The Cinderella Syndrome

Prince Charming

We are all aware of our inner child; a natural component of any personality – male or female. But the inner little girl can often undermine the ability of women to assert ourselves in an adult sphere. The Cinderella syndrome coined by the psychotherapist, Colette Dowling in her 1981 book ‘Cinderella Complex’, identified the subconscious fear of independence held by women which sets the valuable qualities of decisiveness and responsibility over our own lives against the pervasive view of pristine, vulnerable femininity. This ultimately has a limiting effect on our potential in a number of ways; tantamount to driving a car with the brakes on.

Playing the martyr

The key element to the Cinderella syndrome has women placing themselves automatically in the position of willing martyr. She consistently puts herself last in the vain hope that others will recognise her patient sacrifice for others, whose interests she has magnanimously prioritised before her own. It is often the case in reality, that her efforts have gone at best unnoticed and at worst, unappreciated.
The habit of surrendering herself to be put upon, in the belief that her stoic compliance will somehow be acknowledged and rewarded can have a deeply corrosive effect on a woman’s psyche, leading to the ‘martyr’ role being deployed as a passive aggressive tool – not conducive to attaining respect from without or within.

The need for external validation

We all require constructive feedback, but the Cinderella syndrome renders a woman in need of a constant flow of nourishment at her most fundamental level of self which determines her very being and self worth. “Am I beautiful?” “Am I intelligent?” “Am I a good mother?” “Am I competent in my role at work?” A little self honesty will give a woman the answer to any of those questions, without the need to apply to external parties for their opinions. The Cinderella syndrome often distorts the view women have of themselves, allowing the opinions of others to dictate her conduct. The subjective perceptions of others, in relation to her, are given precedence, regardless of their relative value.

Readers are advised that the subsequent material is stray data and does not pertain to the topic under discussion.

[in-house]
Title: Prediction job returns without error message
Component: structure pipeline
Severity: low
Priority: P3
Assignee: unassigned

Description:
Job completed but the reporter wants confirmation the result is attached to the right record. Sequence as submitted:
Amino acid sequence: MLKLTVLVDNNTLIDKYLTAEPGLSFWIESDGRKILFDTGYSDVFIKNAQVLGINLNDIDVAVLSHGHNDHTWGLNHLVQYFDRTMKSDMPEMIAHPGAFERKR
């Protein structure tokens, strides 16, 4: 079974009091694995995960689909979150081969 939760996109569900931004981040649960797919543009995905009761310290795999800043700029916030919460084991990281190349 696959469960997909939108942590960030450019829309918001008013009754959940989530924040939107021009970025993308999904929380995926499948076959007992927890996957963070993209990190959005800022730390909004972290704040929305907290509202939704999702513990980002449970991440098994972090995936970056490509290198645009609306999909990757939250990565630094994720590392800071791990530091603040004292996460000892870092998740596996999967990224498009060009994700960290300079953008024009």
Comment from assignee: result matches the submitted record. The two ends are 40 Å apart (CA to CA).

The effect of this manifests itself in an uneven or even schizophrenic way of expression, bound to the invisible web of judgements she feels that her given audience holds over her.

Waiting to be rescued

This aspect of the Cinderella syndrome is particularly prominent in the areas of a woman’s life determining personal ambitions, work and career; for lurking behind every woman’s career aspirations is at least the implied expectation that her interactions with the world at large have a temporary or secondary basis. Behind this lays the secret or often accepted belief that her current or potential significant other will come along to rescue her and recognise her worth, like the prince in the titular fairytale. This ‘rescue’ will subsequently lead her to rein back or completely abandon her own passions and ambitions, to slot neatly into his scheme of life, which is somehow inherently of a better quality than one she could possibly fashion for herself.
The Cinderella story is a compelling tale but is not a helpful template for a real woman to design her life upon. It is pointless to accept that your place is automatically at the back of some metaphorical queue. That act is purely your choice and will always be, as long as you remain unaware of how this deep-seated set of beliefs impacts upon your everyday actions.

Your life, on your consciously-stated terms, holds far more interest than a two-dimensional fairytale.

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